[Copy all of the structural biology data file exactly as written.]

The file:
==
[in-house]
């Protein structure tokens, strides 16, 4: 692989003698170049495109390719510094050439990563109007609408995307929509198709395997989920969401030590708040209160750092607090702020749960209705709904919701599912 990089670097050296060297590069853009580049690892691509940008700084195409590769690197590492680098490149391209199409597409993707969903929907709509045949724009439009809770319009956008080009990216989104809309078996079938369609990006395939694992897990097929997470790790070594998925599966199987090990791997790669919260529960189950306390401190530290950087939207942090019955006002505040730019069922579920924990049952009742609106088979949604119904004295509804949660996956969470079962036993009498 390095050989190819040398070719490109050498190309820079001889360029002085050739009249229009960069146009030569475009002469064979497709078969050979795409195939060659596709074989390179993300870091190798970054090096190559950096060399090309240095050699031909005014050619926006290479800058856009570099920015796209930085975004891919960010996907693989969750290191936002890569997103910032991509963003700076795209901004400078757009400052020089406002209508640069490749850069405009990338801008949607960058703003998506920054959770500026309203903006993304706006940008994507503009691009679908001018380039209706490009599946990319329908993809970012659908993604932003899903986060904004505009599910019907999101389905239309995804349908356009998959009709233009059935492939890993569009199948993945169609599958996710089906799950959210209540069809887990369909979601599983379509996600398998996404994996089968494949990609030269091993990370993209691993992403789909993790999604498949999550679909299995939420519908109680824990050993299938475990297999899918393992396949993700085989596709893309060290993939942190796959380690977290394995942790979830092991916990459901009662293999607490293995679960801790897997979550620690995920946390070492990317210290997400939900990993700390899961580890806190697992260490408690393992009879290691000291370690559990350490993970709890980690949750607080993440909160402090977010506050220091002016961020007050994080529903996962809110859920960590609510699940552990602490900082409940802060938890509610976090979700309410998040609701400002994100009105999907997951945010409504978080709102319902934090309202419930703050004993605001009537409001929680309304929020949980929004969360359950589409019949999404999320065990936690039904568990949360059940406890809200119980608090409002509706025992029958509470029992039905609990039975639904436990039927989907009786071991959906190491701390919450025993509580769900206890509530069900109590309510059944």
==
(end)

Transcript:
[in-house]
């Protein structure tokens, strides 16, 4: 692989003698170049495109390719510094050439990563109007609408995307929509198709395997989920969401030590708040209160750092607090702020749960209705709904919701599912 990089670097050296060297590069853009580049690892691509940008700084195409590769690197590492680098490149391209199409597409993707969903929907709509045949724009439009809770319009956008080009990216989104809309078996079938369609990006395939694992897990097929997470790790070594998925599966199987090990791997790669919260529960189950306390401190530290950087939207942090019955006002505040730019069922579920924990049952009742609106088979949604119904004295509804949660996956969470079962036993009498 390095050989190819040398070719490109050498190309820079001889360029002085050739009249229009960069146009030569475009002469064979497709078969050979795409195939060659596709074989390179993300870091190798970054090096190559950096060399090309240095050699031909005014050619926006290479800058856009570099920015796209930085975004891919960010996907693989969750290191936002890569997103910032991509963003700076795209901004400078757009400052020089406002209508640069490749850069405009990338801008949607960058703003998506920054959770500026309203903006993304706006940008994507503009691009679908001018380039209706490009599946990319329908993809970012659908993604932003899903986060904004505009599910019907999101389905239309995804349908356009998959009709233009059935492939890993569009199948993945169609599958996710089906799950959210209540069809887990369909979601599983379509996600398998996404994996089968494949990609030269091993990370993209691993992403789909993790999604498949999550679909299995939420519908109680824990050993299938475990297999899918393992396949993700085989596709893309060290993939942190796959380690977290394995942790979830092991916990459901009662293999607490293995679960801790897997979550620690995920946390070492990317210290997400939900990993700390899961580890806190697992260490408690393992009879290691000291370690559990350490993970709890980690949750607080993440909160402090977010506050220091002016961020007050994080529903996962809110859920960590609510699940552990602490900082409940802060938890509610976090979700309410998040609701400002994100009105999907997951945010409504978080709102319902934090309202419930703050004993605001009537409001929680309304929020949980929004969360359950589409019949999404999320065990936690039904568990949360059940406890809200119980608090409002509706025992029958509470029992039905609990039975639904436990039927989907009786071991959906190491701390919450025993509580769900206890509530069900109590309510059944």